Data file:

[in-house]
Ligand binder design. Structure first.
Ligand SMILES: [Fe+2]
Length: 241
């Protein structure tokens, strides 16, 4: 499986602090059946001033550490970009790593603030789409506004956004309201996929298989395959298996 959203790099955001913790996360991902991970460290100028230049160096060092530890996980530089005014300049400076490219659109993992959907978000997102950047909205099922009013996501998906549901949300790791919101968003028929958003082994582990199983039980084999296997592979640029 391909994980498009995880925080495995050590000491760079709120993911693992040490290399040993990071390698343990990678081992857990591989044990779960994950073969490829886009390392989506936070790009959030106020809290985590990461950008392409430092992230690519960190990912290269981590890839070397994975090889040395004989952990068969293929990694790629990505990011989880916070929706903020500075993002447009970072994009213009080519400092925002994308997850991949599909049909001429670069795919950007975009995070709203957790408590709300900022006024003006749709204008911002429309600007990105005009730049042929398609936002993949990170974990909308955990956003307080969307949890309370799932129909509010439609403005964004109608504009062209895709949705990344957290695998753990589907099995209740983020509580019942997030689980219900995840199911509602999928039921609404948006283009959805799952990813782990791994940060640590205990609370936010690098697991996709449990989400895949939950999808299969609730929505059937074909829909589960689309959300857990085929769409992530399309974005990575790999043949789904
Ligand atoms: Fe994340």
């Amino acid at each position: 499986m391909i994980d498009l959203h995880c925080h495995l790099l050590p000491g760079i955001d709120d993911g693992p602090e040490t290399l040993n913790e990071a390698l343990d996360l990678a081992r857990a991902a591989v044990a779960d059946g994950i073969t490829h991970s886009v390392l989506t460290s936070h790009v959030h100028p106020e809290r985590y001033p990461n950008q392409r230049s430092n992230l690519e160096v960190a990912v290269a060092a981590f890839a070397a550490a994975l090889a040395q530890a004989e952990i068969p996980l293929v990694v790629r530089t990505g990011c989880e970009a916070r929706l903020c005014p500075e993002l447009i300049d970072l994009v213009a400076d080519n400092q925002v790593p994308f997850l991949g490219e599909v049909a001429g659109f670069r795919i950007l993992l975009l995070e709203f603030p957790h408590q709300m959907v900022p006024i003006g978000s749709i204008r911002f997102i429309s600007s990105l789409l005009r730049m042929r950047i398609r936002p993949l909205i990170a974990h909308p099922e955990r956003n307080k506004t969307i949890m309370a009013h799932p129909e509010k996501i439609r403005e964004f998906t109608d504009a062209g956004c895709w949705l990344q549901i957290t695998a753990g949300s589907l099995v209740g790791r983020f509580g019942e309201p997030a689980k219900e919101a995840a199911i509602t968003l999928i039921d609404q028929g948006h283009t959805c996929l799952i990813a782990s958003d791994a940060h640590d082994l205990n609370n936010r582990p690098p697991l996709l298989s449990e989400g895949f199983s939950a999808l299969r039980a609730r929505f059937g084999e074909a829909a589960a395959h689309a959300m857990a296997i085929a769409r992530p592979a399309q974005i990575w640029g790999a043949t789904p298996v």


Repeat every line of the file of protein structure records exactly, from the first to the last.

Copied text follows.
[in-house]
Ligand binder design. Structure first.
Ligand SMILES: [Fe+2]
Length: 241
């Protein structure tokens, strides 16, 4: 499986602090059946001033550490970009790593603030789409506004956004309201996929298989395959298996 959203790099955001913790996360991902991970460290100028230049160096060092530890996980530089005014300049400076490219659109993992959907978000997102950047909205099922009013996501998906549901949300790791919101968003028929958003082994582990199983039980084999296997592979640029 391909994980498009995880925080495995050590000491760079709120993911693992040490290399040993990071390698343990990678081992857990591989044990779960994950073969490829886009390392989506936070790009959030106020809290985590990461950008392409430092992230690519960190990912290269981590890839070397994975090889040395004989952990068969293929990694790629990505990011989880916070929706903020500075993002447009970072994009213009080519400092925002994308997850991949599909049909001429670069795919950007975009995070709203957790408590709300900022006024003006749709204008911002429309600007990105005009730049042929398609936002993949990170974990909308955990956003307080969307949890309370799932129909509010439609403005964004109608504009062209895709949705990344957290695998753990589907099995209740983020509580019942997030689980219900995840199911509602999928039921609404948006283009959805799952990813782990791994940060640590205990609370936010690098697991996709449990989400895949939950999808299969609730929505059937074909829909589960689309959300857990085929769409992530399309974005990575790999043949789904
Ligand atoms: Fe994340």
């Amino acid at each position: 499986m391909i994980d498009l959203h995880c925080h495995l790099l050590p000491g760079i955001d709120d993911g693992p602090e040490t290399l040993n913790e990071a390698l343990d996360l990678a081992r857990a991902a591989v044990a779960d059946g994950i073969t490829h991970s886009v390392l989506t460290s936070h790009v959030h100028p106020e809290r985590y001033p990461n950008q392409r230049s430092n992230l690519e160096v960190a990912v290269a060092a981590f890839a070397a550490a994975l090889a040395q530890a004989e952990i068969p996980l293929v990694v790629r530089t990505g990011c989880e970009a916070r929706l903020c005014p500075e993002l447009i300049d970072l994009v213009a400076d080519n400092q925002v790593p994308f997850l991949g490219e599909v049909a001429g659109f670069r795919i950007l993992l975009l995070e709203f603030p957790h408590q709300m959907v900022p006024i003006g978000s749709i204008r911002f997102i429309s600007s990105l789409l005009r730049m042929r950047i398609r936002p993949l909205i990170a974990h909308p099922e955990r956003n307080k506004t969307i949890m309370a009013h799932p129909e509010k996501i439609r403005e964004f998906t109608d504009a062209g956004c895709w949705l990344q549901i957290t695998a753990g949300s589907l099995v209740g790791r983020f509580g019942e309201p997030a689980k219900e919101a995840a199911i509602t968003l999928i039921d609404q028929g948006h283009t959805c996929l799952i990813a782990s958003d791994a940060h640590d082994l205990n609370n936010r582990p690098p697991l996709l298989s449990e989400g895949f199983s939950a999808l299969r039980a609730r929505f059937g084999e074909a829909a589960a395959h689309a959300m857990a296997i085929a769409r992530p592979a399309q974005i990575w640029g790999a043949t789904p298996v």